Posted by: Aspie Noodle | February 8, 2013

Through Aspie Eyes

“Why do you always take photos of boring things?” – neuro-typical friends

Boring things.

Things.

cup

I did not fully understand why I did this, or that it wasn’t the “norm”, until a few months ago.

All my life my eyes have zoomed in on all the little details. Everywhere. My parents are active people and I grew up in a big city, half of which used to be closed off from us until 1989. Every weekend we would go on exploration trips through streets and neighbourhoods that were new to us. And every time I saw so many things. I would often trail behind (“stop dreaming and keep up!”), and I would soak up a lot of little details that would nestle in my mind and make me think. “Who put this there?” “Did they lose it?” “Why do traffic lights have yellow numbers on them?”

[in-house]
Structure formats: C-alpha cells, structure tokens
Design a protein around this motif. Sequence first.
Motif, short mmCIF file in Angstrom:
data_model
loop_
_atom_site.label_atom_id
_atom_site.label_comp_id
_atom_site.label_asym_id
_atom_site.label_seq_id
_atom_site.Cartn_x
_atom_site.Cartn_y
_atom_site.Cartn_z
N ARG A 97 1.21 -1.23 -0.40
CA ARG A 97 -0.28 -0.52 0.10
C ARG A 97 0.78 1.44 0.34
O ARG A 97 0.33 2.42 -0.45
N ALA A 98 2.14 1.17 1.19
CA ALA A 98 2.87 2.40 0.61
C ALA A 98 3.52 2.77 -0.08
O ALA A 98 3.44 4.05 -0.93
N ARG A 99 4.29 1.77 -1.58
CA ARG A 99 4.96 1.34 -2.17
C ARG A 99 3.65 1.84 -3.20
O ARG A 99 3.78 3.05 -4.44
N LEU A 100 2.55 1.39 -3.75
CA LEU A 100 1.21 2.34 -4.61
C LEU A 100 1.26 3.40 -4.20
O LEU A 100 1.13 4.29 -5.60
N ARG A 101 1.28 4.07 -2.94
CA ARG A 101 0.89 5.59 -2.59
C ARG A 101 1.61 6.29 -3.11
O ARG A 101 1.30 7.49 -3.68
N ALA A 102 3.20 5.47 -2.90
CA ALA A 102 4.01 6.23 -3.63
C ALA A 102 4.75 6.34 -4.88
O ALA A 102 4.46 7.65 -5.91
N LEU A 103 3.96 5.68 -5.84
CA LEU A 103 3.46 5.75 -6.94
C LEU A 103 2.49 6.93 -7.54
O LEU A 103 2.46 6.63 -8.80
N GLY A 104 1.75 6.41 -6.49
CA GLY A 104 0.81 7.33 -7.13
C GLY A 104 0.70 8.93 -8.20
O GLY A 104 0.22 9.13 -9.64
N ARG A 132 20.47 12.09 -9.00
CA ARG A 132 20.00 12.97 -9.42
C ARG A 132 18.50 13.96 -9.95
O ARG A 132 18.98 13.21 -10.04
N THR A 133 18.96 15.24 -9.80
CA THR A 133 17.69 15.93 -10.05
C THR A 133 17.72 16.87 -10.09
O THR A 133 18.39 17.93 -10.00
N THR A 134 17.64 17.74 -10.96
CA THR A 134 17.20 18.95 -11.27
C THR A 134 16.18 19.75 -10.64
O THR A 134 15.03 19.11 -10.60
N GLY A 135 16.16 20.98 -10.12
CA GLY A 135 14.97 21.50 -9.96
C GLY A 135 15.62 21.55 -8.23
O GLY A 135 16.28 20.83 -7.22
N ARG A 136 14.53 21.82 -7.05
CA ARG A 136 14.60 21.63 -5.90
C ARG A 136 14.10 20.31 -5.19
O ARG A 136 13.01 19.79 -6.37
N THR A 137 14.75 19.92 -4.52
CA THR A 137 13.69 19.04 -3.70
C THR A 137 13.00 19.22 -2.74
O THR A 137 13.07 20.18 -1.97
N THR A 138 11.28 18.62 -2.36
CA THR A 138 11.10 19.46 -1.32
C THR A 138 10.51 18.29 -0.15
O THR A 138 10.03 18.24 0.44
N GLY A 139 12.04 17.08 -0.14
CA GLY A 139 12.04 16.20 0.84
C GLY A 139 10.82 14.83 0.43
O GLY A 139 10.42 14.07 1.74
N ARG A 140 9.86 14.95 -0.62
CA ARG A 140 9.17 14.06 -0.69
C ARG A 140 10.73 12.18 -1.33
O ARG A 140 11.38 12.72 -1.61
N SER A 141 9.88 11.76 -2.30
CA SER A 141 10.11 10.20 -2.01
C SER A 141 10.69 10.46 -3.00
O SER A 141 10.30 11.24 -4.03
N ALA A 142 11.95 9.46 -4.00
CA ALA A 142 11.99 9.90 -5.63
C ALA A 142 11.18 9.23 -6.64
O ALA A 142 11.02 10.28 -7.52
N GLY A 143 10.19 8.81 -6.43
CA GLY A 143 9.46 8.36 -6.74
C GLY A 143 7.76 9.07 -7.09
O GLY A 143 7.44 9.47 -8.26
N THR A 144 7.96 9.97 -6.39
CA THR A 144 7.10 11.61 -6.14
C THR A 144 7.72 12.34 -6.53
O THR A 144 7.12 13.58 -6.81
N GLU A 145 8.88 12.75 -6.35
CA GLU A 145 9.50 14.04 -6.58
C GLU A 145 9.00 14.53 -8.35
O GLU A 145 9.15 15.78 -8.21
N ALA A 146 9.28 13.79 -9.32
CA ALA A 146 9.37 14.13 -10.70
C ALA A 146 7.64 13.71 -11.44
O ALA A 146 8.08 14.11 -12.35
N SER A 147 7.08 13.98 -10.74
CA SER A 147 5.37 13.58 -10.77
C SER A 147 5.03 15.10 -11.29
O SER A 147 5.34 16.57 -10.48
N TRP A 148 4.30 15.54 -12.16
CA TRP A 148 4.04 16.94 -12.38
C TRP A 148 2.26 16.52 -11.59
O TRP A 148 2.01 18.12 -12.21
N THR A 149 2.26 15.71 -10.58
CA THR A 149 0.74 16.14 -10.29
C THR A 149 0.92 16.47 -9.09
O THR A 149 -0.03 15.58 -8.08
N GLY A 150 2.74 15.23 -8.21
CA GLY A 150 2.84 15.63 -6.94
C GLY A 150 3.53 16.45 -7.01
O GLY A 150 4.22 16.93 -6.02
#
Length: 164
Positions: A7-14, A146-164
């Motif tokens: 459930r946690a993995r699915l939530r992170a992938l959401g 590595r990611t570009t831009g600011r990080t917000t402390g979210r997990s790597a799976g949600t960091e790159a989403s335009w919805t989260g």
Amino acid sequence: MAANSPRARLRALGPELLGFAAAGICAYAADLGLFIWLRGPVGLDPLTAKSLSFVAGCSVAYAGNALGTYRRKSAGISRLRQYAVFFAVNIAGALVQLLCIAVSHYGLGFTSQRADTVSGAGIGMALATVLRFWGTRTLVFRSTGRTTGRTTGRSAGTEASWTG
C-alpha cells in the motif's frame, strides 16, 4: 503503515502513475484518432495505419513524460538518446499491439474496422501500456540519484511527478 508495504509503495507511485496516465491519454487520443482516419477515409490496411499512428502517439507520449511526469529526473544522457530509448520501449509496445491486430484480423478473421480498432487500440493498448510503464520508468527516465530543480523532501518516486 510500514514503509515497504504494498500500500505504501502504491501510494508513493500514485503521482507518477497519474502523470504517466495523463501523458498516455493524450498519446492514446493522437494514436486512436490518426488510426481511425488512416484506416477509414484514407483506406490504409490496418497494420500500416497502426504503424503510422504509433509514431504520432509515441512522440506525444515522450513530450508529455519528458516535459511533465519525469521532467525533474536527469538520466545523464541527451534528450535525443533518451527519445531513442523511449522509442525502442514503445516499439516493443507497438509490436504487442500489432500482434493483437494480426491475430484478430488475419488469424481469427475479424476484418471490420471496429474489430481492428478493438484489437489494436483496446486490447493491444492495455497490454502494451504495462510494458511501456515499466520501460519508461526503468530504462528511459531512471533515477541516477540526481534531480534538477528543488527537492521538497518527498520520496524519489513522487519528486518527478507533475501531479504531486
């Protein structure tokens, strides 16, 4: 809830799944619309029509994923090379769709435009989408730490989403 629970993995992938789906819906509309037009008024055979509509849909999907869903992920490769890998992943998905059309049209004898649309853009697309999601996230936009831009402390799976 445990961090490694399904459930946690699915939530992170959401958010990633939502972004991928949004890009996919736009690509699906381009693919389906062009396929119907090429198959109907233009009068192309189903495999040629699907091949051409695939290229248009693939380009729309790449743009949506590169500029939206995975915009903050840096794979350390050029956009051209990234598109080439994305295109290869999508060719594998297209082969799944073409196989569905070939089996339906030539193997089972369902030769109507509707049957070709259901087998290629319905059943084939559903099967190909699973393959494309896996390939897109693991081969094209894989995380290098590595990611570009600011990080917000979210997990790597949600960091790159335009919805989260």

By the end of the trip I’d have so many disjointed questions about things that I had been the only one to notice to begin with. My parents were really patient, but they still didn’t have most of the answers. Although I was occasionally praised for my attention to details, it never sunk in that what comes so easy to me, or rather, what I get bombarded with on a daily basis–whether I can handle it or not–isn’t something other people experience the way I do.

pedestrians

When I travel, or walk anywhere, I still look at all the details. Numbers, logos, aligning shapes, parallel lines, birds, tags and rogue ad stickers, posters that have been glued crookedly, street art.